Reunion Tour: The Best And Worst Of Guitar Hero
The two giants of the rhythm-game genre are coming out of retirement. With the impending release of Guitar Hero Live and Rock Band 4, music games seem poised to make a comeback. In anticipation of Guitar Hero Live, we took a look at the six main entries in the Guitar Hero franchise and ranked them from top to bottom. Read on to find out which of them rock like Led Zeppelin and which might as well be a Kenny G cover band.
Note: Activision has released several offshoot games in the Guitar Hero franchise, including a Nintendo DS title and band-specific games like Guitar Hero: Metallica, but this list focuses on the core series.
6. Guitar Hero: Warriors of Rock, 2010 (PlayStation 3, Xbox 360, Wii)
Warriors of Rock arrived as popularity waned. Despite some wacky, head-turning ideas, it's clear that the franchise was out of star power. Most notably, the tried-and-true career mode was replaced with the new Quest Mode. Narrated by a bored Gene Simmons, players recruit rockers for an over-the-top journey involving a giant robot and a magical guitar. Series regulars like Johnny Napalm and Judy Nails have upgradeable abilities to help chase after a ludicrous sum of stars (up to 40 per song now). Guitar Hero was never about these characters or their stories. They aren’t beloved mascots like Sonic or Mario that can carry an entire game. Even an epic rendition of Rush’s entire 2112 suite just isn’t enough. The franchise needed a massive overhaul by this point, and Warriors of Rock wasn’t it.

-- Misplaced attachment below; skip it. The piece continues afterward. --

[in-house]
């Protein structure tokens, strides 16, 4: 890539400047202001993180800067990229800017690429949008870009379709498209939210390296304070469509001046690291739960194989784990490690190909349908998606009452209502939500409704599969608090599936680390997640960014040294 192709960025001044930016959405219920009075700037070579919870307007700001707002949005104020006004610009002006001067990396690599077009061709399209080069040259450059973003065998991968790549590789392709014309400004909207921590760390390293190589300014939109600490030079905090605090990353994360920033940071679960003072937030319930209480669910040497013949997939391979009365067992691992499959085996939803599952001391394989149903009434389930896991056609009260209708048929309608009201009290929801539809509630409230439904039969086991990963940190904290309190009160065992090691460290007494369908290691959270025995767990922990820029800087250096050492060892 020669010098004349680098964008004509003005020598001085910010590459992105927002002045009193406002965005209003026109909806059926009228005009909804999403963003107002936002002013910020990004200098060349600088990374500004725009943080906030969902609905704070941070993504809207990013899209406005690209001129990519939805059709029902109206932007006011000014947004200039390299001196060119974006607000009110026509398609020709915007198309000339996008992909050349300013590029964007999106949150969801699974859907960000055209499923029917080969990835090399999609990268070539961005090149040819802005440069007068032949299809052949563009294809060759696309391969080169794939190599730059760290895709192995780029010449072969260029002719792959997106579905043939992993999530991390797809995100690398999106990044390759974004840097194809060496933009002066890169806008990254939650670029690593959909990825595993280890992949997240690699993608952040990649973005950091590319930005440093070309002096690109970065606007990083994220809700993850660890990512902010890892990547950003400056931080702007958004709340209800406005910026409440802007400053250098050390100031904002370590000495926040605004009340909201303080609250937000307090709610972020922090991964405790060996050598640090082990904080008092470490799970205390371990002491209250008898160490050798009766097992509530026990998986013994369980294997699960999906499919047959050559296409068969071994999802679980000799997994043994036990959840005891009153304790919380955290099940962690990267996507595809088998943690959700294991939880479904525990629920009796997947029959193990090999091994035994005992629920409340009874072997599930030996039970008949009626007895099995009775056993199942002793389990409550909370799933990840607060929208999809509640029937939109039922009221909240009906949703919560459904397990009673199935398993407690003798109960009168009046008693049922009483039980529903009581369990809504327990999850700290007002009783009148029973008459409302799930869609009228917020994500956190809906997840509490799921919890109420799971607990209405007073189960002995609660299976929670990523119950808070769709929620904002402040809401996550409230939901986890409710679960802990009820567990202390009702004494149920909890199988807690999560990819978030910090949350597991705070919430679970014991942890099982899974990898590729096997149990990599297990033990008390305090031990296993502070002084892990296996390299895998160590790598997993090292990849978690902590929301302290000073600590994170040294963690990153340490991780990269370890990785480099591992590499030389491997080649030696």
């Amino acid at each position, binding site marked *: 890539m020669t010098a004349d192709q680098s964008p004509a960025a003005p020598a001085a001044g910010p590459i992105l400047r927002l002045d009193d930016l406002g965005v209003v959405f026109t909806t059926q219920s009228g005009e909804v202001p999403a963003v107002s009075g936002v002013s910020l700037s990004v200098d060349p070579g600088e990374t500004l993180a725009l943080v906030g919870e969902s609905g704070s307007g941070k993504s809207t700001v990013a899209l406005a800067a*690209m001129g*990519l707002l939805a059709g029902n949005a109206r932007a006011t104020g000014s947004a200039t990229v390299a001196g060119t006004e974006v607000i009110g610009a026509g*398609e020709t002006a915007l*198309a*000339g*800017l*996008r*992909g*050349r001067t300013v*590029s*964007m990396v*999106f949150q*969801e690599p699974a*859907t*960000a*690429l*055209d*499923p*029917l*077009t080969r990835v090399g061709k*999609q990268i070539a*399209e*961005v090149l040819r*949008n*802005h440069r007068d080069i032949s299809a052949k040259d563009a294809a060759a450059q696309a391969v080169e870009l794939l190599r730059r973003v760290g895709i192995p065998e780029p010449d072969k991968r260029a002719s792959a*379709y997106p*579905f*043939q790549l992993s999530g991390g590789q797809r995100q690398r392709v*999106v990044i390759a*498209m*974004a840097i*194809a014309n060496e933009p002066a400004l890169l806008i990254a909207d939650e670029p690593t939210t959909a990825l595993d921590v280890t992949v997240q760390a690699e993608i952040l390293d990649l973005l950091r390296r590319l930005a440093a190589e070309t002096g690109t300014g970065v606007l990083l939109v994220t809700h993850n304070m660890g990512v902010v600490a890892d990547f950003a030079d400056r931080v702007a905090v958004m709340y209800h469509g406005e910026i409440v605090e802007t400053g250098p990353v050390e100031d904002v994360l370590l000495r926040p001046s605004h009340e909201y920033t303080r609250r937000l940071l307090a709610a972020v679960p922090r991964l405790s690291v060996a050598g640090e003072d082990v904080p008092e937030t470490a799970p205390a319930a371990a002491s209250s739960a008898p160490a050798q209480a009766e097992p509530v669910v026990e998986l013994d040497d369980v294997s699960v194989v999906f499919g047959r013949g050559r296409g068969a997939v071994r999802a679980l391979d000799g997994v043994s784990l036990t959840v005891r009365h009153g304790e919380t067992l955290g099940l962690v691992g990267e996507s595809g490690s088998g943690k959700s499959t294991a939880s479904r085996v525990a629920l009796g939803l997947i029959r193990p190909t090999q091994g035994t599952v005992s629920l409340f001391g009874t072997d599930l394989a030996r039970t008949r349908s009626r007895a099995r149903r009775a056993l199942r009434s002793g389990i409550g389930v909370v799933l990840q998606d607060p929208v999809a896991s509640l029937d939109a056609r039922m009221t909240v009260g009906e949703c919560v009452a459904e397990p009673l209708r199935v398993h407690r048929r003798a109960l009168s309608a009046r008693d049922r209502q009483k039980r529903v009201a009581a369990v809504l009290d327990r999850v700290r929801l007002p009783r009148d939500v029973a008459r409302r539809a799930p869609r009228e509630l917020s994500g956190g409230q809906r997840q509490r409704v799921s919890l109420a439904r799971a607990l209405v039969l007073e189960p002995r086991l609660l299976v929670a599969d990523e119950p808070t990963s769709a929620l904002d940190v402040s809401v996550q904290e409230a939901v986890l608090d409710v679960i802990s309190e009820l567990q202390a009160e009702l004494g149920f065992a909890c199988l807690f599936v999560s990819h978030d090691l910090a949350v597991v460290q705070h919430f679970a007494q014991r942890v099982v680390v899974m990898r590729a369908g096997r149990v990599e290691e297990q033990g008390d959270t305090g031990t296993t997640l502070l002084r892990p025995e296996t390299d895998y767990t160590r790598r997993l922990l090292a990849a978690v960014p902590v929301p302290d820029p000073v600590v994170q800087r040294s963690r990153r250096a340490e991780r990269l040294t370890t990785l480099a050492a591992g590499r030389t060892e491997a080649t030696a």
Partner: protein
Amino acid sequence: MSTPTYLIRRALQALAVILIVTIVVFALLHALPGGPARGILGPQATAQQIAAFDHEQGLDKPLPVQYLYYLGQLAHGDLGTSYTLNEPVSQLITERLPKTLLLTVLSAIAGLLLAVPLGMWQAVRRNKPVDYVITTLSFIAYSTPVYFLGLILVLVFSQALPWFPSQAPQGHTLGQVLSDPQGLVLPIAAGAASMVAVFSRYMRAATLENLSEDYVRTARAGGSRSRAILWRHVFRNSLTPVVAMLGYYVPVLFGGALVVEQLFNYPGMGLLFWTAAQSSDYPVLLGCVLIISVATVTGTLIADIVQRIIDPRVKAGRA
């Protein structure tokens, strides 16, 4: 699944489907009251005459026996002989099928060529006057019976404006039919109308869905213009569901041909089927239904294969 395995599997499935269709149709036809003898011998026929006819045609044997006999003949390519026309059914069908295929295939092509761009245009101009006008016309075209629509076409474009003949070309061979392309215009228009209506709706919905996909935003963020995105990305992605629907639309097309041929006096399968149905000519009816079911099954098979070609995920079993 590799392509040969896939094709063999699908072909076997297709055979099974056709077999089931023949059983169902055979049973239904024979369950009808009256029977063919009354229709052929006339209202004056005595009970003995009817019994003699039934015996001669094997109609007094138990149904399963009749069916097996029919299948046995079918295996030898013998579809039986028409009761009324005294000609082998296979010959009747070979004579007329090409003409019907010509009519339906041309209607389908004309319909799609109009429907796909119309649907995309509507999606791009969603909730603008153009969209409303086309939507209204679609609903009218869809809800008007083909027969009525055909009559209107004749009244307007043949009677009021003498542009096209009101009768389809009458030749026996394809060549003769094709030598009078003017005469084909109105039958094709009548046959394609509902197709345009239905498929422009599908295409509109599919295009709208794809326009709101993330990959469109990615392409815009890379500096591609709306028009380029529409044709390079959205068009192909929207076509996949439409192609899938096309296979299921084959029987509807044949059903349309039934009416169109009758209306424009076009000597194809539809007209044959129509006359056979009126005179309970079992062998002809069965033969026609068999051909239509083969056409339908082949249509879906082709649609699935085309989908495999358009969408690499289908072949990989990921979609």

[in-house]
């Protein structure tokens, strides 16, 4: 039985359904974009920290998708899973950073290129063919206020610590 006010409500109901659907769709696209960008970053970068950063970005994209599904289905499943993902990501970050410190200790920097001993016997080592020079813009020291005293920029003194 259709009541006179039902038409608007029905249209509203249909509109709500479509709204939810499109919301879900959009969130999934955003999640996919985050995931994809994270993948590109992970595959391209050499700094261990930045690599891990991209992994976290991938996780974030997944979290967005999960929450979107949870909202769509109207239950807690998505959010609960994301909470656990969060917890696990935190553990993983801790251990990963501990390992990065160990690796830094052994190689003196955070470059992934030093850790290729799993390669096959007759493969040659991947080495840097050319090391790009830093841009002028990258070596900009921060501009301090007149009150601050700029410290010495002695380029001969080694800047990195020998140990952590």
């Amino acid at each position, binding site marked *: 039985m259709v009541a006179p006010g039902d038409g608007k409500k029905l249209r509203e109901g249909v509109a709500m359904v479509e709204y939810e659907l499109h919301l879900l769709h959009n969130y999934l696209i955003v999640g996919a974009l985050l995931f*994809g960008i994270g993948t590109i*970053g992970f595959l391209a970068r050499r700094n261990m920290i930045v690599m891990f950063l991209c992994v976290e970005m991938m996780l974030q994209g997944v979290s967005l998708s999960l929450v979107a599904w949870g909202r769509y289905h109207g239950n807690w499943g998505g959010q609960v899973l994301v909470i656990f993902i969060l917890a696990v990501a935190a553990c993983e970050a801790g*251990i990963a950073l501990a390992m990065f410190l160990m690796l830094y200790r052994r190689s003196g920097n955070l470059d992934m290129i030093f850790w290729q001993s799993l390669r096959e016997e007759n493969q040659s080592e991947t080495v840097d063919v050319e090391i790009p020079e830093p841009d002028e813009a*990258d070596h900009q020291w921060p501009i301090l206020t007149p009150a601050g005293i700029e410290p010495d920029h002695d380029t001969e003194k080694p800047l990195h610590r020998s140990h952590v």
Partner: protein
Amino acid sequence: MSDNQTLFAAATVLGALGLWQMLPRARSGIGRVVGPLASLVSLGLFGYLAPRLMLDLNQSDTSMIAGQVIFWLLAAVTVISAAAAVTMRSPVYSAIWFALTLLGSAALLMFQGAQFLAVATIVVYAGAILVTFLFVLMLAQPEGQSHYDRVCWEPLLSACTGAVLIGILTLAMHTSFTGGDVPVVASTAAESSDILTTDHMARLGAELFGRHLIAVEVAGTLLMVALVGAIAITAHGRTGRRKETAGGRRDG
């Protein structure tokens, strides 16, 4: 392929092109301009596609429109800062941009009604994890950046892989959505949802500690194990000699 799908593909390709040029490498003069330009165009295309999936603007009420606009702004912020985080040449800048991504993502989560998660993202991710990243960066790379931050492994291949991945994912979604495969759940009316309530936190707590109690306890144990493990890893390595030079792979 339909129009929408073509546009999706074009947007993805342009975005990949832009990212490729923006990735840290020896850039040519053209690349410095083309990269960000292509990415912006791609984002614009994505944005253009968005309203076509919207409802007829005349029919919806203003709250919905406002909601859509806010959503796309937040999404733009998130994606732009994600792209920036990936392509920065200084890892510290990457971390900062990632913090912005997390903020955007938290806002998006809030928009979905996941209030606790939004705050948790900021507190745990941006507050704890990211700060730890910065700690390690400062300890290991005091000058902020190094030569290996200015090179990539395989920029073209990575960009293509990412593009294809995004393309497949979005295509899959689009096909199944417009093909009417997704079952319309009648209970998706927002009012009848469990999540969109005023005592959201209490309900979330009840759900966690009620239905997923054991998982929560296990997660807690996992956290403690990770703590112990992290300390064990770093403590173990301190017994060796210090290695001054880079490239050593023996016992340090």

5. Guitar Hero, 2005 (PlayStation 2)
Looking at how expansive the later games would become, it’s hard to believe they all started from such a bare-bones beginning. Guitar Hero now seems quaint compared to its many sequels – there are only 30 main songs, all of them covers ranging from listenable to downright sacrilegious. Campaign mode is a simple march through the soundtrack, with no guitar battles, special abilities, or full band shenanigans to be found. The game hasn’t aged well, sadly, and the lack of a lag calibration option can cause issues when revisiting it on HDTVs. Guitar Hero set the standard for the series, but it can’t stand toe-to-toe with the beefier later entries.
4. Guitar Hero: World Tour, 2008 (PlayStation 3, Xbox 360, Wii, PlayStation 2, PC, Mac)
By November 2008, Guitar Hero was playing catch-up. Rock Band debuted the cohesive package of vocals, drums, bass and guitar in 2007. The ball was in Guitar Hero’s court, and Activision responded with World Tour. Rock Band offered the superior full band experience at the time, but World Tour had a better drum-peripheral design (when it actually recognized hits). World Tour’s 86-song soundtrack is a survey course on some of the best guitar-driven music of the past 50 years. Classic rock, the series’ workhorse, is well-represented alongside a handful of songs from the ‘80s, ‘90s and ‘00s. However, World Tour lacks the social modes that made Guitar Hero 5 so great. Additionally, technical issues with both the drums and guitar strum bar keep World Tour from being the superior full-band experience in the Guitar Hero catalog.
Up next: DragonForce, South Park, DLC, and more...
3. Guitar Hero 5, 2009 (PlayStation 3, Xbox 360, Wii, PlayStation 2)